Companies can also develop standard checklists to streamline data collection, equipment startup, daily operation and maintenance. Establishing common communication channels to keep everyone updated on process changes and encourage team collaboration is also recommended.

4. Insufficient Resources

Manufacturing is resource intensive. Companies invest in highly skilled personnel and advanced production technologies and spend a lot of money on administrative activities. Insufficient resources can cause:

Delays in implementing optimization initiatives – Companies may temporarily suspend projects if they lack sufficient funds to invest in new technology or hire staff to sustain optimization programs.

Incomplete optimization efforts – Companies may suspend the implementation of some optimization programs. Manufacturers focus on a few aspects of the manufacturing process; these processes remain inefficient despite spending money and time on improvement programs.

Reduced process effectiveness – Companies might acquire the technology and equipment required; however, due to a lack of adequate financing, they cannot hire enough staff to sustain the program.

Challenges with insufficient resources can be overcome by prioritizing various optimization efforts. Focus on programs with the highest potential impacts and allocate resources accordingly. Identify and eliminate wasteful processes to free up resources for continuous improvement. Manufacturers can source funding from external partners to support optimization efforts. Monitor optimization initiatives to ensure they are sustainable over time.

5. Technical Issues

Technical issues refer to all problems relating to production equipment, tools and technologies. When they arise, they hinder process optimization efforts. Technical problems cause inefficiencies or delays, but can also cause unexpected quality issues. Potential technical issues with optimizing manufacturing processes include:

Unplanned equipment downtime – newer tools and manufacturing equipment might be prone to breakdowns since operators might not fully understand how these systems work. Maintenance personnel may also lack the technical knowledge to troubleshoot and repair these assets.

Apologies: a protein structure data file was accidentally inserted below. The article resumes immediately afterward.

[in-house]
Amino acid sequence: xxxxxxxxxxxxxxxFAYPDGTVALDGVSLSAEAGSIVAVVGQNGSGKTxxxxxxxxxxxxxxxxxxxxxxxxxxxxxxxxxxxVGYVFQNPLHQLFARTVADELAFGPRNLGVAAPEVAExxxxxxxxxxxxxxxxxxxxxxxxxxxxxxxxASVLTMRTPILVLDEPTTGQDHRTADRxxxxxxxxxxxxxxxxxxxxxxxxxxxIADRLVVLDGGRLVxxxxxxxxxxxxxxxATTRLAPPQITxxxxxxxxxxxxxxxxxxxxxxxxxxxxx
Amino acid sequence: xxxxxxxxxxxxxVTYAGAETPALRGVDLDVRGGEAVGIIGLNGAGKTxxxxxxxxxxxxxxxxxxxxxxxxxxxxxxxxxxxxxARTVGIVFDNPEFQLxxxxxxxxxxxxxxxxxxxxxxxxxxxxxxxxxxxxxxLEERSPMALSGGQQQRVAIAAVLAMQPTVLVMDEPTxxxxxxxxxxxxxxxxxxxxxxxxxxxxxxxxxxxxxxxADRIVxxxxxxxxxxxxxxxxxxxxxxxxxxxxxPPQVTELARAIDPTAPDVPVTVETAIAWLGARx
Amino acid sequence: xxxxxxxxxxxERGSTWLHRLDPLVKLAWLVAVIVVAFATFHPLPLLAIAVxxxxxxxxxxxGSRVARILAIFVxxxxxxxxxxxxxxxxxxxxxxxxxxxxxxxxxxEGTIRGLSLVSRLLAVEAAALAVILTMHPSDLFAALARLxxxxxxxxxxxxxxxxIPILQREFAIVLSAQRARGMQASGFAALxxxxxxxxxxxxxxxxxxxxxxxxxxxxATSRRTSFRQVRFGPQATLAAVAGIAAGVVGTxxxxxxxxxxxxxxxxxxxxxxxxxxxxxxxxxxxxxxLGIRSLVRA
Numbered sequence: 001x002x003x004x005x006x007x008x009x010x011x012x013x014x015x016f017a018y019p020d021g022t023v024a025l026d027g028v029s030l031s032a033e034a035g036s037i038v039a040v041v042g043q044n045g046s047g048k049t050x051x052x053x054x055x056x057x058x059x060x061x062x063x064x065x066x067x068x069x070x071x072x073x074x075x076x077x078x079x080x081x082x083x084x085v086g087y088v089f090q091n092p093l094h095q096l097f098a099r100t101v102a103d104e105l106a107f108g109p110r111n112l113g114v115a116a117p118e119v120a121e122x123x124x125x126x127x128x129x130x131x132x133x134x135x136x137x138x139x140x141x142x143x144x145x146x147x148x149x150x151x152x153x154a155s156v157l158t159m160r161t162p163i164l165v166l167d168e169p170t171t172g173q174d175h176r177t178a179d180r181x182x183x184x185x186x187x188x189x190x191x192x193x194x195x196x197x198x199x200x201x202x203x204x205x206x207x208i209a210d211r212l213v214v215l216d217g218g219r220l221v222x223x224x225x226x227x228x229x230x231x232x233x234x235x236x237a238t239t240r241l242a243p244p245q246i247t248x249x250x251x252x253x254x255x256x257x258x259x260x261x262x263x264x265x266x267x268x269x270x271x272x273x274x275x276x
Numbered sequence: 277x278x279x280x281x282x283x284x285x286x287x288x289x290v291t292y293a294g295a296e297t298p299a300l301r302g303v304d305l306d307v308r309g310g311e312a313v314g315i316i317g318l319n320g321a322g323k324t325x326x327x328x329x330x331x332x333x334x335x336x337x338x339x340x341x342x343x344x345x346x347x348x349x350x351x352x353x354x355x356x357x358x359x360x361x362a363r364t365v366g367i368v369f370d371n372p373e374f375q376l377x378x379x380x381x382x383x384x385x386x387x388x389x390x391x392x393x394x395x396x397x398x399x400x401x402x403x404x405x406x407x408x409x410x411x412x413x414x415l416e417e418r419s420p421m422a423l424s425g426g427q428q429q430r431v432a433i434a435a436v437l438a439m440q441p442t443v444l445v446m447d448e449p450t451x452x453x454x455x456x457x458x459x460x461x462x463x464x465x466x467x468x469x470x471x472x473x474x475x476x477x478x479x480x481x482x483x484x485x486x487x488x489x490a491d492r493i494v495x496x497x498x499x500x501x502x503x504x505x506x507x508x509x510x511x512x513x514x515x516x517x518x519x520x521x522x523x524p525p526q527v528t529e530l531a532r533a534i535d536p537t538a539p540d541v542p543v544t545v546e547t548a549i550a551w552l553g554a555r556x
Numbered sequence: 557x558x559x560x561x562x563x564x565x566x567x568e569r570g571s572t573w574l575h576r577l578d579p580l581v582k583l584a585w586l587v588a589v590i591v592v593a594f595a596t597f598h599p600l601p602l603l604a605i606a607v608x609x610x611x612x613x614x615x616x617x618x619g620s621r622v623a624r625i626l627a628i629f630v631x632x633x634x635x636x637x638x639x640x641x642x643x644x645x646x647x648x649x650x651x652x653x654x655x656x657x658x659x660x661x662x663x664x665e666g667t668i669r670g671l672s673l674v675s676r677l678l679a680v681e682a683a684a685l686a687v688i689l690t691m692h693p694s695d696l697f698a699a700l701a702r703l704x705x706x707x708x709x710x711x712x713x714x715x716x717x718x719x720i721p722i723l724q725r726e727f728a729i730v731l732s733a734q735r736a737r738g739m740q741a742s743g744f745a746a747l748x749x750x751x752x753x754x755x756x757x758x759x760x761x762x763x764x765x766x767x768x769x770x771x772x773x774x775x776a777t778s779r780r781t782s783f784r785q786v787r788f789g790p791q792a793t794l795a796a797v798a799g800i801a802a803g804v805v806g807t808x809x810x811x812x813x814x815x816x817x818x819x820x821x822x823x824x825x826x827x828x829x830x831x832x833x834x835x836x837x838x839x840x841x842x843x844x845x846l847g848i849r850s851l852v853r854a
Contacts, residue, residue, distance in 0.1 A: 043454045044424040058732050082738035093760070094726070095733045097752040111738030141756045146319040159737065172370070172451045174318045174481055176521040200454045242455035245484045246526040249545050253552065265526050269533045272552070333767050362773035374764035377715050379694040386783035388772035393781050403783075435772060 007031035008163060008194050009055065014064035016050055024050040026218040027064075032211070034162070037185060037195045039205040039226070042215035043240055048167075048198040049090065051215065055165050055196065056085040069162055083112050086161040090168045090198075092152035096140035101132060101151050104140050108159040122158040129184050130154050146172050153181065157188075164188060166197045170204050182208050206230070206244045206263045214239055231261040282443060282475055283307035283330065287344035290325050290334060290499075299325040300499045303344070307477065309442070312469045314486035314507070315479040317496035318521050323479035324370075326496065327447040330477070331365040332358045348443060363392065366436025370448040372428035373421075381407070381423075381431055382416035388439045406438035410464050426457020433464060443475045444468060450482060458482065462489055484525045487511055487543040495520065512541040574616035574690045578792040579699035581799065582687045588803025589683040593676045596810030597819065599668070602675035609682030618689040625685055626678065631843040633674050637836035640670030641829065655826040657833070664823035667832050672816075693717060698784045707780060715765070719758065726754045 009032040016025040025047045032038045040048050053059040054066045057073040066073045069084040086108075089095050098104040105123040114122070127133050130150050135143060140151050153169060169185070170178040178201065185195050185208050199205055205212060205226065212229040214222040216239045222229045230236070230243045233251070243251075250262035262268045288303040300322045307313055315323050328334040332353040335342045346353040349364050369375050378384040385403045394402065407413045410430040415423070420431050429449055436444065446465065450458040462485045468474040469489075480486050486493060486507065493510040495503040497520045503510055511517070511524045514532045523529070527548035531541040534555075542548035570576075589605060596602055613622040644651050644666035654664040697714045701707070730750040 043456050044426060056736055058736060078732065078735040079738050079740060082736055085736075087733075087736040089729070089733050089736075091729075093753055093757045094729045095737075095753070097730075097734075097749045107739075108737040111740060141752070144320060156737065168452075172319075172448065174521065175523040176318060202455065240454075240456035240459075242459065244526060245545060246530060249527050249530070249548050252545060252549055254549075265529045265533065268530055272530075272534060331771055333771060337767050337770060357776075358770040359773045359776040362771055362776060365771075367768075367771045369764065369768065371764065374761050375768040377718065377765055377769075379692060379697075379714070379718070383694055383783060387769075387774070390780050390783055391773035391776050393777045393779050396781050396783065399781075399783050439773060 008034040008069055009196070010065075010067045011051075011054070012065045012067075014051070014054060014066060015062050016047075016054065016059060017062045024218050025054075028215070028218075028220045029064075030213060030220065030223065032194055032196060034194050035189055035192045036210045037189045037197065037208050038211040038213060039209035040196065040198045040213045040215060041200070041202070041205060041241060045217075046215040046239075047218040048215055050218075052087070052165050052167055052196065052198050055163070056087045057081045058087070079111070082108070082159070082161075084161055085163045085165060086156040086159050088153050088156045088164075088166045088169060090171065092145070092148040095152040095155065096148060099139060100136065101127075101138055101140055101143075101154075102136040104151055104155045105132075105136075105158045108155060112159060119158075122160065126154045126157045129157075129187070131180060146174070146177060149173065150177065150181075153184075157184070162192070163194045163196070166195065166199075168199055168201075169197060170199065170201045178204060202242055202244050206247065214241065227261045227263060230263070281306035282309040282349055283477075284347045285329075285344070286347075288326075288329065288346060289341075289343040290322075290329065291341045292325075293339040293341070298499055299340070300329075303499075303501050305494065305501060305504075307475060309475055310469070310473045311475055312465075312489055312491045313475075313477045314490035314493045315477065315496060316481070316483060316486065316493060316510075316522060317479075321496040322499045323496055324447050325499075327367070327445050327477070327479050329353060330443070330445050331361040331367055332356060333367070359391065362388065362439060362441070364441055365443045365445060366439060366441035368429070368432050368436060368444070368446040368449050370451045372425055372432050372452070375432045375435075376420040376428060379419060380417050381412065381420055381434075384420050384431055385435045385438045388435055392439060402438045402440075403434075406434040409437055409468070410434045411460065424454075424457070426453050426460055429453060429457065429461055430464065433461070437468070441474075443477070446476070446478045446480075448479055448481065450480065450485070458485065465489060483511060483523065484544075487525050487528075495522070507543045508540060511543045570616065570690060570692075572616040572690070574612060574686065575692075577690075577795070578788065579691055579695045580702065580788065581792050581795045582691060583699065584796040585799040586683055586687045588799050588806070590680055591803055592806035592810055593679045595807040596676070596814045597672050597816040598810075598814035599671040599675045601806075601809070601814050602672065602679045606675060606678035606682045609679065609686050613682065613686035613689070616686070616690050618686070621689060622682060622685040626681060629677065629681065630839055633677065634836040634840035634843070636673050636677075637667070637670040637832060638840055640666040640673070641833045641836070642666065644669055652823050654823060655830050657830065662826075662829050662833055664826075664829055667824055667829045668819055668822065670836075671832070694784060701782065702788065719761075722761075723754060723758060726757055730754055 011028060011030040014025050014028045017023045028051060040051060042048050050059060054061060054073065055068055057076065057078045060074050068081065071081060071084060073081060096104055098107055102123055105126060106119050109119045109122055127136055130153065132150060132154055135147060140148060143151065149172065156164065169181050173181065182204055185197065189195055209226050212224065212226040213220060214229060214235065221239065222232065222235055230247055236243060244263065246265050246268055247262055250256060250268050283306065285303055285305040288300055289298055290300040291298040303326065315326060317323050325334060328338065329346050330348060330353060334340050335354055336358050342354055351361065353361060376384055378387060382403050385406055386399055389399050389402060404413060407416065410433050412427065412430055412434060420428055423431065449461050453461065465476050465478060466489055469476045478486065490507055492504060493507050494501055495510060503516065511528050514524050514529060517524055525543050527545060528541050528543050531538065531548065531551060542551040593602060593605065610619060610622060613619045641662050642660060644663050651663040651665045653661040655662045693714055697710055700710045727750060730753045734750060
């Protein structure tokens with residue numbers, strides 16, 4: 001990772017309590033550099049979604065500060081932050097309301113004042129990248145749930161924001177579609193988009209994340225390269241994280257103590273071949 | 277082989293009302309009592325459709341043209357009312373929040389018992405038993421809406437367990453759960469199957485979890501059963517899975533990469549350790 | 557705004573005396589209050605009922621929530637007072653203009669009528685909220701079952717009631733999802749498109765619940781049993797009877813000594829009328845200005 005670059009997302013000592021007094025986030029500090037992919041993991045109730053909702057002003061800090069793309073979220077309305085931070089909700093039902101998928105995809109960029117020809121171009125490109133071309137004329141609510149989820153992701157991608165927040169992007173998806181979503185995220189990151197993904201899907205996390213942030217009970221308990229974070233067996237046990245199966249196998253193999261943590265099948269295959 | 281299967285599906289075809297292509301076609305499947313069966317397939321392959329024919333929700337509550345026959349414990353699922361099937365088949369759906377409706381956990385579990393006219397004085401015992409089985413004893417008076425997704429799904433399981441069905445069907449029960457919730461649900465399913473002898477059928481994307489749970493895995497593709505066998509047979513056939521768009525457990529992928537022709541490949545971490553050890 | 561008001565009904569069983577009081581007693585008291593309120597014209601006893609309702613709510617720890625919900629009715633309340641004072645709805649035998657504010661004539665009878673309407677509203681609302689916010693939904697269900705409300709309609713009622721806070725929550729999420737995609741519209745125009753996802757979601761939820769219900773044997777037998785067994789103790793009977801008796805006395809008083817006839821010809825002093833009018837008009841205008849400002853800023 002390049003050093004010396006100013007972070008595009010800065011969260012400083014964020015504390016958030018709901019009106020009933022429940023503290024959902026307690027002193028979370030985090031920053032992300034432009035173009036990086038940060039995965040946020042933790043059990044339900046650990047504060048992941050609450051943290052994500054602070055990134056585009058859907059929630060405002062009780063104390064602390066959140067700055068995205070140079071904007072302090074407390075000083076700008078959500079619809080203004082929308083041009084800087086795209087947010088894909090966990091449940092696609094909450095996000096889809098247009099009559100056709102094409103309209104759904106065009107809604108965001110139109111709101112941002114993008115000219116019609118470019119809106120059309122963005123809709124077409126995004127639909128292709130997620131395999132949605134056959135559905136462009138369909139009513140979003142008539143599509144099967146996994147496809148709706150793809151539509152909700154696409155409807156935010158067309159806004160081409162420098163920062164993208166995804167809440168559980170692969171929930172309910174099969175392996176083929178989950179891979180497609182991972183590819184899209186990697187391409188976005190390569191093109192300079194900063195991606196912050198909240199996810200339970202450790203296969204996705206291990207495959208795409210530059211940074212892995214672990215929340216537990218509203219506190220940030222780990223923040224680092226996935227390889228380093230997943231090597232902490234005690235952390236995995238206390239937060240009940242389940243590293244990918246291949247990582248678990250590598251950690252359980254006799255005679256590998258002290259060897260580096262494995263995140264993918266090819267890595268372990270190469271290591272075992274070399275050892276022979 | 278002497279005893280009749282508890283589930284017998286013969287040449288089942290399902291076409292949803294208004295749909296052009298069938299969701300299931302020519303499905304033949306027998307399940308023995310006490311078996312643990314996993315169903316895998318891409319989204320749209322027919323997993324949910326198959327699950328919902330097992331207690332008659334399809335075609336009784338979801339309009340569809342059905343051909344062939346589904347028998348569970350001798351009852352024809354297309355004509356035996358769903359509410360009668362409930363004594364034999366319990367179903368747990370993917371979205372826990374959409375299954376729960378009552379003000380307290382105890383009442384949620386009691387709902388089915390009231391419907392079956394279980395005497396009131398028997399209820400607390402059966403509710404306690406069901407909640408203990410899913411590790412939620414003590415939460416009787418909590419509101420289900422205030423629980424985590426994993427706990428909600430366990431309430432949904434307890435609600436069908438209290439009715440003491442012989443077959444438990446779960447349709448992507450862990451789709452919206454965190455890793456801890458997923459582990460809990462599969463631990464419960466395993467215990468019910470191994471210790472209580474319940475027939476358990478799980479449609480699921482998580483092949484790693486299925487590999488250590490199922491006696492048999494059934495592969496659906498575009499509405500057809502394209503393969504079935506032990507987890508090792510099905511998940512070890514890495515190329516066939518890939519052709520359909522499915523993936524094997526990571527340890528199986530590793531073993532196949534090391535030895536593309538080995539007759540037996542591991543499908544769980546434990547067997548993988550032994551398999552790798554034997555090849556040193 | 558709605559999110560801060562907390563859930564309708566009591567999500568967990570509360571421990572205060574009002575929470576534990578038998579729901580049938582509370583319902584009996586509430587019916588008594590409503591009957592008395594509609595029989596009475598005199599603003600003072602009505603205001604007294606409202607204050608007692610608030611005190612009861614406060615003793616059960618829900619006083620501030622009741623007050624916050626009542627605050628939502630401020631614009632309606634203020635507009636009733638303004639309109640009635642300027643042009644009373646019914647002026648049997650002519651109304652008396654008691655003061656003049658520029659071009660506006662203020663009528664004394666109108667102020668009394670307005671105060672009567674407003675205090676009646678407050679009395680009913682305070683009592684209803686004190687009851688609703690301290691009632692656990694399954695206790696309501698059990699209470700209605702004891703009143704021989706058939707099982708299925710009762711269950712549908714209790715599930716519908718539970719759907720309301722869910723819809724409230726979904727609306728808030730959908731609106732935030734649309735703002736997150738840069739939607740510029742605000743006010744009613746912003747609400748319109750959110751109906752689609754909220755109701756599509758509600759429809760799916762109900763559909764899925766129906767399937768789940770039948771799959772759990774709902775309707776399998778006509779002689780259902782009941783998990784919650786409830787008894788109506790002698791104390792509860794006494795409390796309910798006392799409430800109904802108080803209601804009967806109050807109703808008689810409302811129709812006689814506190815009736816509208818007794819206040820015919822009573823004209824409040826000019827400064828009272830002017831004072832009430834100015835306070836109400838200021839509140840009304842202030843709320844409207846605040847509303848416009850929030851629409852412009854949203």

Quality management issues – technical issues like breakdowns or equipment defects can lead to producing defective parts, an increased scrap rate and an increased need for rework.

Establish robust maintenance programs for production equipment and technologies throughout their useful lives. This includes routine inspections, equipment condition monitoring and proactive maintenance measures. Train operators and maintenance technicians to improve their asset operation and care skills. This ensures adequate, timely and accurate maintenance of assets to minimize technical issues impeding process optimization efforts.

6. Unintended Consequences

Process optimization involves implementing multiple changes to processes, people management and production technologies. These changes can have unintended consequences that undermine process optimization efforts. Some unintended consequences of these changes include low employee morale, negative impacts on product quality due to technical issues, spikes in operations costs, and reduced manufacturing efficiency due to poor optimization.

Mitigate the effects of unintended consequences by analyzing the impacts of various changes on manufacturing processes. Conduct a risk analysis and implement changes in phases for better success, and provide technical training to improve employee adaptation to change.

Set aside an emergency budget to cater to increased operation costs if possible. The emergency budgets are vital for resolving technical challenges and soliciting support from suppliers or trainers to ensure everything runs as intended.

Although process optimization yields desirable advantages, several things can go wrong when making the necessary changes. Perform a thorough risk assessment and plan accordingly before initiating process optimization. Define the objectives of the optimization process. This is crucial for financial planning, identifying and prioritizing optimization technologies and defining performance indicators. Ensure the entire process is data-driven to improve chances of success and to reduce turnaround times.

Explore the ever-expanding smart manufacturing technologies in your optimization efforts. Manufacturers can engage digital transformation experts to assist with process optimization if they lack that capacity.